You might have been a BMX bandit as a kid, but it's unlikely you've got on the saddle of an off-road sport bike since way back then. Y, tho? BMX is seriously fun – and a good workout, too, says pro BMX rider Saya Sakakibara. She chats to WH about why you should get into it...
Can an adult try BMX, or is it too late for us?
"Well the thing about BMX is it’s pretty much for all ages. You see little kids from four years old, all the way up to... I think the oldest person I've seen is about 60. Yeah, so literally it’s for anyone, if you have a bike and a determination to go out and have fun. If you think you might want to give it a go, it’s definitely not too demanding."
OK, so where would I go to try BMX?
"If you don't want to just practice around your home, look up BMX in your area and you’ll find at least a couple of BMX tracks. I mean, it depends where you live but there’s a lot of tracks around NSW and Queensland. It’s really accessible. Most tracks are open as well, there’s no fencing around them - they're open to the public, so it’s so easy to get into. Obviously you can do coaching sessions and stuff like that once you’re a member, but you can definitely just teach yourself, it’s just practice makes perfect."
What exactly does BMX involve?
"BMX tracks consist of dumps, like obstacles. A race involves lots of speed because it’s really important to conquer those obstacles as fast and efficiently as you can so. In a race, lots of tactics are involved as well, because if you’re behind someone you might plan to pass them at like a corner or something. In a race that only lasts for 30 or 40 seconds, there’s definitely a lot of things to think about in a short amount of time."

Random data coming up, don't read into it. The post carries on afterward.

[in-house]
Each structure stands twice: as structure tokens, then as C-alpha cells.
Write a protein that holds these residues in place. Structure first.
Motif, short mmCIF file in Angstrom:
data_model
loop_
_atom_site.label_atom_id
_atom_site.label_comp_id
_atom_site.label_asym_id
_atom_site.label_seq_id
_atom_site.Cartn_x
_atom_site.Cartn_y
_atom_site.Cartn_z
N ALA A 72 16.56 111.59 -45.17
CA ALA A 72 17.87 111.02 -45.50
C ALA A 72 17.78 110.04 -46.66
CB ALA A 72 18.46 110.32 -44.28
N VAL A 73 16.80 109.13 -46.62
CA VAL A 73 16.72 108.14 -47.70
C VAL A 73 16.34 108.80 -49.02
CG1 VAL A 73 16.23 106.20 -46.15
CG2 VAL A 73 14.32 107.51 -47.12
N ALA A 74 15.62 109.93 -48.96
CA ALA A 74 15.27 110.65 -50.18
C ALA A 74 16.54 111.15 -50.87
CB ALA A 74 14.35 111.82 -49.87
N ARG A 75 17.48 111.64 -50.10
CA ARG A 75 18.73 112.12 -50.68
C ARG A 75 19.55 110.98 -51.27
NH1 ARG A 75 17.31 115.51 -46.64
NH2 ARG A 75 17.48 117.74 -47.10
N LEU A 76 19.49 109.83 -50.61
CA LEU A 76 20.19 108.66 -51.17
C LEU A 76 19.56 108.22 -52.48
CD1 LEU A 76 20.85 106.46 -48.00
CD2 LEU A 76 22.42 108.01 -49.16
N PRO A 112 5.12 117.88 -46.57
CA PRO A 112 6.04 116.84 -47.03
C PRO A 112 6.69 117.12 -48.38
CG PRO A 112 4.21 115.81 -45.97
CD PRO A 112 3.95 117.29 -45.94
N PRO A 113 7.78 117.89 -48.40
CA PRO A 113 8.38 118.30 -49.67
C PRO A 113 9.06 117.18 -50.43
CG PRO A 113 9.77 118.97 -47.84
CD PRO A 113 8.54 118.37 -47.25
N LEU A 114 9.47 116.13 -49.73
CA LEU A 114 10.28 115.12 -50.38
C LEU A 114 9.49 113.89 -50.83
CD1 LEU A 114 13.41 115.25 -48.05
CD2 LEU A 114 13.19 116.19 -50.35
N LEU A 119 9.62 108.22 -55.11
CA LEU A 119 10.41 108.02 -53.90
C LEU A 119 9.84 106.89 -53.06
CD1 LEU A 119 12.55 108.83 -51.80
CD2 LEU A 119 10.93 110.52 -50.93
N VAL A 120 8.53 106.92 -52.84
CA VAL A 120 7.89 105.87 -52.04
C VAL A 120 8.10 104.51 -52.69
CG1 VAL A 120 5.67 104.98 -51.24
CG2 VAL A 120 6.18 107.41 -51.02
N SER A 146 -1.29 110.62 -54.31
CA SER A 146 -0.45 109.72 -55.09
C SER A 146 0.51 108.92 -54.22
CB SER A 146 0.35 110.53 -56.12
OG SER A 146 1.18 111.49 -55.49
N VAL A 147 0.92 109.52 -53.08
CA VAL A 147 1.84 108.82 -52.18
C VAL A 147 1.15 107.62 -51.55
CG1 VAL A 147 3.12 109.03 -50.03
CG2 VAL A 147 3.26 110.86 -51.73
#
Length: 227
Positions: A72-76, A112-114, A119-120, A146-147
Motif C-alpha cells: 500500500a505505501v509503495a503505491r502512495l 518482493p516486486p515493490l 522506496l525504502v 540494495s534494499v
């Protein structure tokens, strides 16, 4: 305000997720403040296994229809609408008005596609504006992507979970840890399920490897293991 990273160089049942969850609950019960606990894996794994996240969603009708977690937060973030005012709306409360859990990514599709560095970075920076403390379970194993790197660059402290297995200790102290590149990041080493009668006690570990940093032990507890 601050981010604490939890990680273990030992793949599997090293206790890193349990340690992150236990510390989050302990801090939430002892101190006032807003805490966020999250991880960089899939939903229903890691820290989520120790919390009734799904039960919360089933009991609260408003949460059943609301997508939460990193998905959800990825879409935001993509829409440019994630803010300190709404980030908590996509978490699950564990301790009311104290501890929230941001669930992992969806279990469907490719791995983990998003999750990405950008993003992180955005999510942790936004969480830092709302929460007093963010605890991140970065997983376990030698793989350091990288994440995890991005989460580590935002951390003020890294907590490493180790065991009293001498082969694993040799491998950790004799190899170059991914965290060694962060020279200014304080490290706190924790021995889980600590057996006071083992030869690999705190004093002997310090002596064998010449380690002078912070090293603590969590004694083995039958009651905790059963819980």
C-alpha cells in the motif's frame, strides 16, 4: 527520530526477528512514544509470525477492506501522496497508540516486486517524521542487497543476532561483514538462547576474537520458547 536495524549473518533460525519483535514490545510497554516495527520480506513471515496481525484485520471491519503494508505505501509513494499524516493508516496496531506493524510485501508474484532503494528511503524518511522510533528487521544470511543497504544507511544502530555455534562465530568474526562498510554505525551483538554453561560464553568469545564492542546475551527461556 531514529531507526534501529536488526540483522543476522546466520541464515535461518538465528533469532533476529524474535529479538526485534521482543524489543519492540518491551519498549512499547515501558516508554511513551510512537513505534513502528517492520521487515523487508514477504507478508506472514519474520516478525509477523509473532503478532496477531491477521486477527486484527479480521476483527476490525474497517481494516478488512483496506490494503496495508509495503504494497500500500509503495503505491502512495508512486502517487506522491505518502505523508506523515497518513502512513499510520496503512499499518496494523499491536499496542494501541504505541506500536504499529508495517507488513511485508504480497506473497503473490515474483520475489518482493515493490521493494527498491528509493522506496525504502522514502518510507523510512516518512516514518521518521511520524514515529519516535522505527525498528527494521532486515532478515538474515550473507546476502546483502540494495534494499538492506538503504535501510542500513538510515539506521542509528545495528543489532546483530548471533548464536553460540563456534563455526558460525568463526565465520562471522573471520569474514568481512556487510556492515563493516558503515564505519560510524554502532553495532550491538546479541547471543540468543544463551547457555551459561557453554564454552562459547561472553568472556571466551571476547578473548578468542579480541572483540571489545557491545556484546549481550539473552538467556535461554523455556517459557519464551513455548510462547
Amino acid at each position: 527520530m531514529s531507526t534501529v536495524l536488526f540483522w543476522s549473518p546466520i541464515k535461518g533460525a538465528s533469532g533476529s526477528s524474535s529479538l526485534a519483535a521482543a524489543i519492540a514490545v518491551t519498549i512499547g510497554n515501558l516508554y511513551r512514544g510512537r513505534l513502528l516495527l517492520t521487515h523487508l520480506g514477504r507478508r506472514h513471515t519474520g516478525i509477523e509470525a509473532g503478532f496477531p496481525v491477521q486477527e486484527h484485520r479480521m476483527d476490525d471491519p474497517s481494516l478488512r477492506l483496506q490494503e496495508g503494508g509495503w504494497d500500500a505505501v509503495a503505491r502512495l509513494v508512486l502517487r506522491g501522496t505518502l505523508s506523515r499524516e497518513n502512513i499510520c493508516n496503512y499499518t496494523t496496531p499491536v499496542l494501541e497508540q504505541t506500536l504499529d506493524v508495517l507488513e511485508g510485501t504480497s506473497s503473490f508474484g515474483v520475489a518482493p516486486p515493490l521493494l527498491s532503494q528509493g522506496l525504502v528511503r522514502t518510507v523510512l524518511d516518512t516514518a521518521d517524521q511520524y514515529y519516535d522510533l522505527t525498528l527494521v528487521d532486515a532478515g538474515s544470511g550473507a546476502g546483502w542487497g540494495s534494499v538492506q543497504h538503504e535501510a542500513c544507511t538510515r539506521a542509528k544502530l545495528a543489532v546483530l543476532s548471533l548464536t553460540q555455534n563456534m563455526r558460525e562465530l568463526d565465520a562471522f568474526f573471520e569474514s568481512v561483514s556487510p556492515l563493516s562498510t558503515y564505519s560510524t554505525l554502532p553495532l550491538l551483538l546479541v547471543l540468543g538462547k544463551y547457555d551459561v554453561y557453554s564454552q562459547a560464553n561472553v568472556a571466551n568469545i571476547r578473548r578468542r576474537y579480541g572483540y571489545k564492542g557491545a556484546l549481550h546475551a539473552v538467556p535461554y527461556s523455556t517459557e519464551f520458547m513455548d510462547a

How is the bike different from a cycling bike?
"A BMX because it only has one gear. So you can’t change gears to go up hills and go down, it’s fixed. And you can’t really sit down on it either so it’s really hard work – it’s really designed for the track and standing up and peddling."
What do you love about BMX?
"I love the individuality of the sport. When I was growing up I used to play a lot of team games for school and stuff, but most of the time I’d get frustrated with other teammates. But with BMX it’s just you, you don’t have to think about other riders or anything. Whatever you put into it, you get out of it. I also love how fast it is. I definitely don’t like long-distance, like things that carry on too long, so BMX is perfect – the races are short but there are so many things that can go into it. Like the action, you’re racing people, and it’s so fast, I love how thrilling it is."
In what ways is BMX good for your fitness?
"It's definitely good for your legs, you’re gonna have to pedal the bike, so it's lots of legwork. In a race, even if it’s only 30 seconds, we’re all going flat-out, so by the end of it you’re puffed. It's crazy how fast it gets your heart rate up. And otherwise, you’ve gotta keep yourself upright, so your core, and your arms – it’s a full-body workout."
How did you get into BMX?
"Well, my brother Kai, he’s three years older than me, and my brother loved riding his bike around. My parents bought me a bike, I loved riding, and it clicked from the moment I hopped on. And I’ve been doing it ever since."
Do you think sport's growing in popularity among women?
"When I was growing up like I only had five or so girls to race against, but now there’s so many of them and it’s still growing. Even the older women, those categories too, I see a lot more of them than I’ve seen since I remember. So it’s really cool to see lots of women getting involved in what’s sometimes perceived as a men’s sport. Which it isn’t, it’s for all ages, both genders, it’s definitely for everyone."